The first thing I think of when I think about animation based on comic books is the Fleischer shorts from the 40s. Even as a kid, while I didn’t really connect with them emotionally, there was something about them that felt foundational that I did connect with.
The first thing I think of when I think about animation based on comic books is the Fleischer shorts from the 40s. Even as a kid, while I didn’t really connect with them emotionally, there was something about them that felt foundational that I did connect with. I felt less like I was watching entertainment and more like I was watching art. My fundamental understanding of comic books, animation, and Superman are all very much informed by those shorts. (In particular the first two: “The Mad Scientist” and “The Mechanical Monsters”) There are two major takeaways for me: 1. The visual power of a small red and blue character holding up a giant grey rectangle and 2. the sheer spectacle of watching a man punch a laser beam. While those films are short (around 10 min) they feel big and meaningful.
For me, that’s what Superhero stuff is always chasing, the visual spectacle that makes something silly and fantastic feel important and meaningful.
On the other side of the coin I really like and care about good character writing. Which is the half of the equation that those old shorts lacked and why I appreciate them more than I necessarily like them.
So that’s where I’m coming from at a kind of fundamental level, but really this is just to highlight some TV shows that matter to me and stand up as things I can recommend. There are certainly cartoons that I have a deep love for, that I watched as a kid, that I can’t recommend to someone today. The 90s Spider-Man and X-Men cartoons are shows that are very important to me and I could go on and on about what does work about them, but I just think they’re too flawed for this list; both on the animation and writing side.
Let’s get to the shows themselves:
Teenage Mutant Ninja Turtles (1987)
This show was really the first piece of media I ever loved. I would whisper about it in my sleep when I was little. And yet I almost left it off this list.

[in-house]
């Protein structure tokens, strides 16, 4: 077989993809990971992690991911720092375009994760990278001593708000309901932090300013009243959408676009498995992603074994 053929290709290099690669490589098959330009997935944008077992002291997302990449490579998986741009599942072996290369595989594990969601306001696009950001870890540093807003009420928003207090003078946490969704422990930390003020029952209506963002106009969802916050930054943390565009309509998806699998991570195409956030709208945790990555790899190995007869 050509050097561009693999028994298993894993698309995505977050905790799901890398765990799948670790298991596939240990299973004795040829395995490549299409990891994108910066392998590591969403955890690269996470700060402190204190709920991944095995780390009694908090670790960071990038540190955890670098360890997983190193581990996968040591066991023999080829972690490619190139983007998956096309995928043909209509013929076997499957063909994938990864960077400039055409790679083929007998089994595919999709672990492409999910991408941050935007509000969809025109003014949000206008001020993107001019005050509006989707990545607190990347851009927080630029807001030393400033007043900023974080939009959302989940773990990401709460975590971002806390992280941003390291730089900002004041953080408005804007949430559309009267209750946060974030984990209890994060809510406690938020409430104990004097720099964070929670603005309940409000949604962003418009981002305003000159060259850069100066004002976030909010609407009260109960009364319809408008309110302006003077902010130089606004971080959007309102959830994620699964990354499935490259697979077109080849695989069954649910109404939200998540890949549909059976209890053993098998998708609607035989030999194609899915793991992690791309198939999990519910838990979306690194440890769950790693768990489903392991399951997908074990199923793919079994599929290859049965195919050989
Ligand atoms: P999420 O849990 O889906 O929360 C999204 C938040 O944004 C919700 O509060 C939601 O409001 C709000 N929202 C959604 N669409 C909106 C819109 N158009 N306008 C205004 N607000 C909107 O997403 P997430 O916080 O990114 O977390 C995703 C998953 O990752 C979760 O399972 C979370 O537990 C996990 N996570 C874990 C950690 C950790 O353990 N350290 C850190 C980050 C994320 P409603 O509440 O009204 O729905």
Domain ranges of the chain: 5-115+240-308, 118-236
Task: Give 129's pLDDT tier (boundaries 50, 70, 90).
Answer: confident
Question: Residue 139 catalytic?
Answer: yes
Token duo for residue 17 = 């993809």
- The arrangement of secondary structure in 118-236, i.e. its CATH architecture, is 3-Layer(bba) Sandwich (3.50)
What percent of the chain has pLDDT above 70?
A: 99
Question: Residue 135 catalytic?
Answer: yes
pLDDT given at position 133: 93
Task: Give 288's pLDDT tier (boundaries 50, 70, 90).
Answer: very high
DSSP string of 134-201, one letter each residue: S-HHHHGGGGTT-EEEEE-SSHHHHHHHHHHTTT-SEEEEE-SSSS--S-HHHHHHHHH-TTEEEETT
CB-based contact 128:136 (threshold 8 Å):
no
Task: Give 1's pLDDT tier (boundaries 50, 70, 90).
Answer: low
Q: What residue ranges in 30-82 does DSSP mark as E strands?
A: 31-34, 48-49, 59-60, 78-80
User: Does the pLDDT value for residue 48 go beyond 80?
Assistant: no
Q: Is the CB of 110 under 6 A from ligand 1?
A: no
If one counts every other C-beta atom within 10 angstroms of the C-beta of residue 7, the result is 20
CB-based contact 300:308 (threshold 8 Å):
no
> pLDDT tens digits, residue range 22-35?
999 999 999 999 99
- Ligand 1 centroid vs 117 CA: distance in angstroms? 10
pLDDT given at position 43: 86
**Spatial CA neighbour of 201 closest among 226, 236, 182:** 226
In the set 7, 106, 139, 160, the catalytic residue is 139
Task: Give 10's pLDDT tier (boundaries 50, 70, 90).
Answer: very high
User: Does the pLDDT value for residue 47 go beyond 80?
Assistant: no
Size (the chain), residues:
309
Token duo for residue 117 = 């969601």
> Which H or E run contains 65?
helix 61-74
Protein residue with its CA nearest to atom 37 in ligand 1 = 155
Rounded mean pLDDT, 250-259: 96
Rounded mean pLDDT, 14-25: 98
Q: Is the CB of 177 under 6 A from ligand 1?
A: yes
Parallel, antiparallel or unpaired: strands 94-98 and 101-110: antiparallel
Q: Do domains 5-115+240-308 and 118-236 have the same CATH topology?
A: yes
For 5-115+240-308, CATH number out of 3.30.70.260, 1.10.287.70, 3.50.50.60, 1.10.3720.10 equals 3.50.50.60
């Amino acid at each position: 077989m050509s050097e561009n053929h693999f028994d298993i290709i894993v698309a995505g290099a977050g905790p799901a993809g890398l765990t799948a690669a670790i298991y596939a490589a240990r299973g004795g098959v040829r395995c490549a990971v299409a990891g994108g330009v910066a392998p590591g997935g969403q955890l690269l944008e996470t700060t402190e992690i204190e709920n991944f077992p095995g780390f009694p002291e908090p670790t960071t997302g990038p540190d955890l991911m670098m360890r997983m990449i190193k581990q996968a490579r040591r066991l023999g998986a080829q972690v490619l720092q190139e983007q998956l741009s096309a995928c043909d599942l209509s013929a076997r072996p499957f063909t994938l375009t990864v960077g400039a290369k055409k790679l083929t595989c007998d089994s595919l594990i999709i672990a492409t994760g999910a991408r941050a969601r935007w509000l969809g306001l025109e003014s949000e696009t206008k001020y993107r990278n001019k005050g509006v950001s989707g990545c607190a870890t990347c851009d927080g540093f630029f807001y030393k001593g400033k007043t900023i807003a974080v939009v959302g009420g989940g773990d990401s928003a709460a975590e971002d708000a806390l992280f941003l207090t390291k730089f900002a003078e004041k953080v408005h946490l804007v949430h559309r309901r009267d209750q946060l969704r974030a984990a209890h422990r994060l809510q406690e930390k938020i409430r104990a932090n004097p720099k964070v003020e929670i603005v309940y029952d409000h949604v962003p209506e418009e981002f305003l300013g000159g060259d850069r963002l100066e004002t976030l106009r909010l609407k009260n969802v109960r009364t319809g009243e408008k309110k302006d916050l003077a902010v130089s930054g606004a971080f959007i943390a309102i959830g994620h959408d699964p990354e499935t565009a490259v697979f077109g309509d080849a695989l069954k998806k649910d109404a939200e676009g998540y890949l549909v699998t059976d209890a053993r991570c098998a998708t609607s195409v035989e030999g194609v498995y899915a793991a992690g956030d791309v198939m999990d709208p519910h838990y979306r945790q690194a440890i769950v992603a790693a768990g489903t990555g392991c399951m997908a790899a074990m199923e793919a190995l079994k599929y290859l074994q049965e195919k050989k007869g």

A lot of that has to do with how much of this show there is, and how heavily its success was exploited. The first season of this show was 5 episodes, the second was 13, and the third was forty seven episodes. There were diminishing returns on both the writing and animation fronts unsurprisingly.
All I really want to talk about here is that first five episode season, both because those episode are important and because they’re good. This is a weird case though because the comics that the Turtles were based on were much different from the cartoon (The first issue ends with Shredder dead for one thing.) mostly because the Turtles of the comics are a parody of Frank Miller’s Daredevil, whereas the cartoon versions were made more distinct and archetypal. There’s just very little of the original joke left in the cartoon, which allowed it to just feel like it’s own thing, even though it was steeped in ideas that weren’t its own.
What’s important to me about those first 5 episodes though is how serial they feel, as opposed to the more episodic nature of the bulk of the show. There’s an arc, and a building of stakes in that first season, something that’s incredibly key to comic books. The threat of the Technodrome, Krang, and his army from Dimension X feel big and important, and a key component of that is how the show builds to that in its early episodes. That Krang is just this brain without a body, and then the weird thing his body turns out to be. Even though it was very much lighthearted and humorous, when it went for it the show pulled off spectacle that felt meaningful.
Again, as the show went on it didn’t really pay off on that often enough, and it never found some other thing to fill that gap, there’s nothing else that compares to the threat of the Technodrome. Instead becoming much more about selling a new silly toy every week. But in 5 episodes it left a blueprint for serialized storytelling in a kids cartoon, one that proved surprisingly difficult for shows (including itself) to recapture.
The Tick (1994)
This is a show that exists specifically because someone was trying to recapture to financial magic that Teenage Mutant Ninja Turtles turned into. That’s the reason this independent parody comic became a cartoon marked to kids. Obviously The Ticknever had the impact of TMNT, mostly I think because it’s parody is a little more adult, or maybe high concept, while TMNT is more visceral.
All the heroes in The Tick are either lame, stupid, crazy or some combination therein, and the cartoon doesn’t really soften that for kids. While the Ninja Turtles of the cartoon are a much more distinct, and archetypical in a way that’s easier to relate to and pick a favorite.